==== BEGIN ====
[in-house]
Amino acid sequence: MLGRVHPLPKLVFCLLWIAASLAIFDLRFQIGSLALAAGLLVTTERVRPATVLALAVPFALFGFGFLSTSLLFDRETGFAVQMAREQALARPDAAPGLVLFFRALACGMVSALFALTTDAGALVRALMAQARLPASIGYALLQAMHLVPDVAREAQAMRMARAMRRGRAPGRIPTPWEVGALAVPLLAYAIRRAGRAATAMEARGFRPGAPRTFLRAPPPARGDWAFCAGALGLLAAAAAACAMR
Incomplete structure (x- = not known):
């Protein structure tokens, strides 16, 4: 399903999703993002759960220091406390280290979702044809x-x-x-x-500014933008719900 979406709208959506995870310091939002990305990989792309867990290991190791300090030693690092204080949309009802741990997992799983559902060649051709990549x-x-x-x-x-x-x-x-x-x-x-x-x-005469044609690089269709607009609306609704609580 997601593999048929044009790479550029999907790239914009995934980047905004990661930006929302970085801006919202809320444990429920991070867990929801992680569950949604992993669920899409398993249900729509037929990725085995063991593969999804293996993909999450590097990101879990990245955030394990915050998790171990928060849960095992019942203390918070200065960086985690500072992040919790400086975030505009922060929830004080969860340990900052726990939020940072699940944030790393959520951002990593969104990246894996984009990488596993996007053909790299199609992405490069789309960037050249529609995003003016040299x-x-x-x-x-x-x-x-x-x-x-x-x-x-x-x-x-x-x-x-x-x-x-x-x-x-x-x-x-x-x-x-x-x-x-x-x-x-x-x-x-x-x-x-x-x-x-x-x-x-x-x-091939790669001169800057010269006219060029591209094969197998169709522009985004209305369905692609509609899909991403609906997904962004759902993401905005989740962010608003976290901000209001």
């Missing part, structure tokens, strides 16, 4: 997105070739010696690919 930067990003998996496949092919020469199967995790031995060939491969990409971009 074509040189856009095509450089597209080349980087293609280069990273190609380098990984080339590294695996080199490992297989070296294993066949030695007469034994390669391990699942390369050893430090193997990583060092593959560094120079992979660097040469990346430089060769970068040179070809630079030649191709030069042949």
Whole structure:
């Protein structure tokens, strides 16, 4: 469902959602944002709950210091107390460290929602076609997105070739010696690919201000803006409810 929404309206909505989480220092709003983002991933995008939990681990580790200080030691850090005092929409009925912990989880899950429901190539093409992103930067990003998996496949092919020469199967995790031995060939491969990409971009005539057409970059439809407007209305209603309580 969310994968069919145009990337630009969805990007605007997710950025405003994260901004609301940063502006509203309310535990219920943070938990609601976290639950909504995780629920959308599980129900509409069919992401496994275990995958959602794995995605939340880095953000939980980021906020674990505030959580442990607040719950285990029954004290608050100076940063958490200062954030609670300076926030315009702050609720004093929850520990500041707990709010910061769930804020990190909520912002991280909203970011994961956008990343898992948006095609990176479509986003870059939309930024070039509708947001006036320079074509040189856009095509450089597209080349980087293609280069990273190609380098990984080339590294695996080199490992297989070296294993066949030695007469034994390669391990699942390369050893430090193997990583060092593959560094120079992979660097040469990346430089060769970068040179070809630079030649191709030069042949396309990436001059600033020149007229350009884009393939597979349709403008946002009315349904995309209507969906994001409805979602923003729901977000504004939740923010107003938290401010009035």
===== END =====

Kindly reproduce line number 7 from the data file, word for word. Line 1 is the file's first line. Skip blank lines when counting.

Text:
């Protein structure tokens, strides 16, 4: 469902959602944002709950210091107390460290929602076609997105070739010696690919201000803006409810 929404309206909505989480220092709003983002991933995008939990681990580790200080030691850090005092929409009925912990989880899950429901190539093409992103930067990003998996496949092919020469199967995790031995060939491969990409971009005539057409970059439809407007209305209603309580 969310994968069919145009990337630009969805990007605007997710950025405003994260901004609301940063502006509203309310535990219920943070938990609601976290639950909504995780629920959308599980129900509409069919992401496994275990995958959602794995995605939340880095953000939980980021906020674990505030959580442990607040719950285990029954004290608050100076940063958490200062954030609670300076926030315009702050609720004093929850520990500041707990709010910061769930804020990190909520912002991280909203970011994961956008990343898992948006095609990176479509986003870059939309930024070039509708947001006036320079074509040189856009095509450089597209080349980087293609280069990273190609380098990984080339590294695996080199490992297989070296294993066949030695007469034994390669391990699942390369050893430090193997990583060092593959560094120079992979660097040469990346430089060769970068040179070809630079030649191709030069042949396309990436001059600033020149007229350009884009393939597979349709403008946002009315349904995309209507969906994001409805979602923003729901977000504004939740923010107003938290401010009035």